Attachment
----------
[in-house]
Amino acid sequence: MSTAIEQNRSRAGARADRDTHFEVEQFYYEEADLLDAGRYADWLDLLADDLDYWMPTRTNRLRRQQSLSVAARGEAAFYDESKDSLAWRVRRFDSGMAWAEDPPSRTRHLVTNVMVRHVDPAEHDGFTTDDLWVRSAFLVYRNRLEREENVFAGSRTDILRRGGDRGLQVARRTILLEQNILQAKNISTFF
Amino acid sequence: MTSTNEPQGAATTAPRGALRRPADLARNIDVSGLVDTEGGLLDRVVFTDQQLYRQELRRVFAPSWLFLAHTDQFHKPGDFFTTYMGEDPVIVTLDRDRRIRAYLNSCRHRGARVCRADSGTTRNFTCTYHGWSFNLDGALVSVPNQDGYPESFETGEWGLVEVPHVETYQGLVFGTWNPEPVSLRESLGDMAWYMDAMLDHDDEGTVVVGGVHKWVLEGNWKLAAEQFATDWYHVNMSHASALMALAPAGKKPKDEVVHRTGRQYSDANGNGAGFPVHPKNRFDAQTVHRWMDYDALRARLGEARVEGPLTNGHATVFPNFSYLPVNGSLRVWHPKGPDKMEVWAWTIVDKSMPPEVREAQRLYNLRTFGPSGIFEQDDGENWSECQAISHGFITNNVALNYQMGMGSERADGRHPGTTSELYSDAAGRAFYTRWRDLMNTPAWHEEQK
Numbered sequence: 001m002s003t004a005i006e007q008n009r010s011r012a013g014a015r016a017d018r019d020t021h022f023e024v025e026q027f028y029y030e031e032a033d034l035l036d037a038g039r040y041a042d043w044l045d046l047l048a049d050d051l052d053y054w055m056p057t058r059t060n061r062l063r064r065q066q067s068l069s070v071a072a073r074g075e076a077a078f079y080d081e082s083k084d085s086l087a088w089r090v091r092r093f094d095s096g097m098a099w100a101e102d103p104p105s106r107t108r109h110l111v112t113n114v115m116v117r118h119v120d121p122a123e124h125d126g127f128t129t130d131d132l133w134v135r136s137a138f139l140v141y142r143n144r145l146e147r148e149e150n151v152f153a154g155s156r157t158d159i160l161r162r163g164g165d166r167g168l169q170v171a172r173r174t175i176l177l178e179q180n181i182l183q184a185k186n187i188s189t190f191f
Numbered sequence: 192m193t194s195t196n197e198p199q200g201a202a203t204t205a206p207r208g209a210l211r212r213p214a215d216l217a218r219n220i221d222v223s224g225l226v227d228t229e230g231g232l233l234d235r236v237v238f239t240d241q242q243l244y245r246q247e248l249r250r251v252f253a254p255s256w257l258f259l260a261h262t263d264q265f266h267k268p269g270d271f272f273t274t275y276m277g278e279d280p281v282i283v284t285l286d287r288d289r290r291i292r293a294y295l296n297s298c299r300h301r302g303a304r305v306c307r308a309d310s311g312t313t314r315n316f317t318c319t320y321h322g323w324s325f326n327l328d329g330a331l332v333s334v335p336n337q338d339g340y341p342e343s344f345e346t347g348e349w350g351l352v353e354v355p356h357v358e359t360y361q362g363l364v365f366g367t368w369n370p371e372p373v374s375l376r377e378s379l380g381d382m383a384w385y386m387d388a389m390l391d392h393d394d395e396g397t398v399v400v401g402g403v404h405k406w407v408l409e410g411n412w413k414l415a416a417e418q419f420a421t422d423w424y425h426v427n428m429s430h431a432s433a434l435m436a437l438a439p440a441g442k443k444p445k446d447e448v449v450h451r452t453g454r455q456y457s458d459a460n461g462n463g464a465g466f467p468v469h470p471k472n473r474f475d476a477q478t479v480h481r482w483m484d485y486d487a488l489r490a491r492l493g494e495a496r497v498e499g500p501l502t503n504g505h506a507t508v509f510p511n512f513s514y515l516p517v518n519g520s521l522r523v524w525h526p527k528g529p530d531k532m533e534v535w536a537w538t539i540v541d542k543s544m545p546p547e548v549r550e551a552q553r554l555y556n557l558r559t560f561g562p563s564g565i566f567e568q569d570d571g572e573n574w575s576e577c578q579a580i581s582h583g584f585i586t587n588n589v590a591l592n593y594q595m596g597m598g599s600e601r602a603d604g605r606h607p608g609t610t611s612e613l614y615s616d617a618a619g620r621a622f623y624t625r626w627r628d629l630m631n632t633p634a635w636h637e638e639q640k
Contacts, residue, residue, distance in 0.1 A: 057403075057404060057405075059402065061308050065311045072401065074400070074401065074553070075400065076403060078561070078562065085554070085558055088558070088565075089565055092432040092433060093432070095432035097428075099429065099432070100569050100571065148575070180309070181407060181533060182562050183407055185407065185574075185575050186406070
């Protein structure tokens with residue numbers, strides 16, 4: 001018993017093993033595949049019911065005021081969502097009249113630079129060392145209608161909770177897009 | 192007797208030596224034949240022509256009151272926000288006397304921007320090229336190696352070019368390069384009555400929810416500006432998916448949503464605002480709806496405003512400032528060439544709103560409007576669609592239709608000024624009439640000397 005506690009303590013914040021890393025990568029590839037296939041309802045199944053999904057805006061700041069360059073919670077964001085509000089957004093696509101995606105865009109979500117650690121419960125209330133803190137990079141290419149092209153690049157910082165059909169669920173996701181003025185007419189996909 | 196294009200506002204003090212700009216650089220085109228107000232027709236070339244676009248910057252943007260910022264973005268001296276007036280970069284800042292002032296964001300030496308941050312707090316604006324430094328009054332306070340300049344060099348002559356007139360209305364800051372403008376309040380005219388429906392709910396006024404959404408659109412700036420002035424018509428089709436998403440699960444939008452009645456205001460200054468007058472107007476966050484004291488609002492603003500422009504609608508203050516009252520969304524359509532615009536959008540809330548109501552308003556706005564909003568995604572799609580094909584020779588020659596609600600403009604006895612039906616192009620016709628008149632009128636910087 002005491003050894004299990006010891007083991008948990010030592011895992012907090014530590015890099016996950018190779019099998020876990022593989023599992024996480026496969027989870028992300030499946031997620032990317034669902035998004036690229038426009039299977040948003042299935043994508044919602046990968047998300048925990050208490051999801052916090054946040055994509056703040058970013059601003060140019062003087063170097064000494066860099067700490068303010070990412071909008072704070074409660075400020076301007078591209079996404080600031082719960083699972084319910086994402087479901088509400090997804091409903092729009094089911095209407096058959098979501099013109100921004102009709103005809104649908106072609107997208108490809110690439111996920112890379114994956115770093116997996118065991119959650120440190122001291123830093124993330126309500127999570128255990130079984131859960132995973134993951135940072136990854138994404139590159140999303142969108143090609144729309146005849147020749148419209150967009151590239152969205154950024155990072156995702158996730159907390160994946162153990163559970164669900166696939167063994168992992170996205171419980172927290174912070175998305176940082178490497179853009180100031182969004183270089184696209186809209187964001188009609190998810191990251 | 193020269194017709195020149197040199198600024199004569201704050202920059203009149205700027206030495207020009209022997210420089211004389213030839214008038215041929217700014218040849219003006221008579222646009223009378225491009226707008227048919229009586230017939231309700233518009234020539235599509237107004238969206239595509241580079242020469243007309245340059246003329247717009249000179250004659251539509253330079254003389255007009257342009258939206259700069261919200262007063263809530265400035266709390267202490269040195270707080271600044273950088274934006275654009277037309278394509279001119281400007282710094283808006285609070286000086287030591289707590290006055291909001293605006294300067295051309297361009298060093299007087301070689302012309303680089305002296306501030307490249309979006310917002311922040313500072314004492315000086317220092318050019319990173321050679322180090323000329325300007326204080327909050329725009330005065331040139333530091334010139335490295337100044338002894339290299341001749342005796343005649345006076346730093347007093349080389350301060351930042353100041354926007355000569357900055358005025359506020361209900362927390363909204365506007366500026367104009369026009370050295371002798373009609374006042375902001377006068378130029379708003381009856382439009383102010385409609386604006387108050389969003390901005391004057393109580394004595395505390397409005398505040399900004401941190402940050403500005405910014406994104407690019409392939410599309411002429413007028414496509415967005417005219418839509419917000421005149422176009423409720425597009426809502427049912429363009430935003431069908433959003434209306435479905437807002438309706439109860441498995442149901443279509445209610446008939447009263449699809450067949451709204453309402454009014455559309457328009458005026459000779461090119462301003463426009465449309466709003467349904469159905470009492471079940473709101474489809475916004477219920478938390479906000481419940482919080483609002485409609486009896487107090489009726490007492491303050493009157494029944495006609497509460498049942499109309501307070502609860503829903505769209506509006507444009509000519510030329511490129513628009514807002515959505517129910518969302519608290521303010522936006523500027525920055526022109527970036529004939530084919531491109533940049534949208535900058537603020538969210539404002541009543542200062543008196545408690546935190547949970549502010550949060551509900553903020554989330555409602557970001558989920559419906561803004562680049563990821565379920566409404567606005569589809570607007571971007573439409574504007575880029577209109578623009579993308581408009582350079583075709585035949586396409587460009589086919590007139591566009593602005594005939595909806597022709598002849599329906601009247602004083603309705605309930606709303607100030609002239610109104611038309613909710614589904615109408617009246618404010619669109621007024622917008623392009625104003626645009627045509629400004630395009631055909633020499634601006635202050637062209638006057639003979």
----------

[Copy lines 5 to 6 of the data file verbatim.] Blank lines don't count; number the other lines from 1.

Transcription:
Numbered sequence: 192m193t194s195t196n197e198p199q200g201a202a203t204t205a206p207r208g209a210l211r212r213p214a215d216l217a218r219n220i221d222v223s224g225l226v227d228t229e230g231g232l233l234d235r236v237v238f239t240d241q242q243l244y245r246q247e248l249r250r251v252f253a254p255s256w257l258f259l260a261h262t263d264q265f266h267k268p269g270d271f272f273t274t275y276m277g278e279d280p281v282i283v284t285l286d287r288d289r290r291i292r293a294y295l296n297s298c299r300h301r302g303a304r305v306c307r308a309d310s311g312t313t314r315n316f317t318c319t320y321h322g323w324s325f326n327l328d329g330a331l332v333s334v335p336n337q338d339g340y341p342e343s344f345e346t347g348e349w350g351l352v353e354v355p356h357v358e359t360y361q362g363l364v365f366g367t368w369n370p371e372p373v374s375l376r377e378s379l380g381d382m383a384w385y386m387d388a389m390l391d392h393d394d395e396g397t398v399v400v401g402g403v404h405k406w407v408l409e410g411n412w413k414l415a416a417e418q419f420a421t422d423w424y425h426v427n428m429s430h431a432s433a434l435m436a437l438a439p440a441g442k443k444p445k446d447e448v449v450h451r452t453g454r455q456y457s458d459a460n461g462n463g464a465g466f467p468v469h470p471k472n473r474f475d476a477q478t479v480h481r482w483m484d485y486d487a488l489r490a491r492l493g494e495a496r497v498e499g500p501l502t503n504g505h506a507t508v509f510p511n512f513s514y515l516p517v518n519g520s521l522r523v524w525h526p527k528g529p530d531k532m533e534v535w536a537w538t539i540v541d542k543s544m545p546p547e548v549r550e551a552q553r554l555y556n557l558r559t560f561g562p563s564g565i566f567e568q569d570d571g572e573n574w575s576e577c578q579a580i581s582h583g584f585i586t587n588n589v590a591l592n593y594q595m596g597m598g599s600e601r602a603d604g605r606h607p608g609t610t611s612e613l614y615s616d617a618a619g620r621a622f623y624t625r626w627r628d629l630m631n632t633p634a635w636h637e638e639q640k
Contacts, residue, residue, distance in 0.1 A: 057403075057404060057405075059402065061308050065311045072401065074400070074401065074553070075400065076403060078561070078562065085554070085558055088558070088565075089565055092432040092433060093432070095432035097428075099429065099432070100569050100571065148575070180309070181407060181533060182562050183407055185407065185574075185575050186406070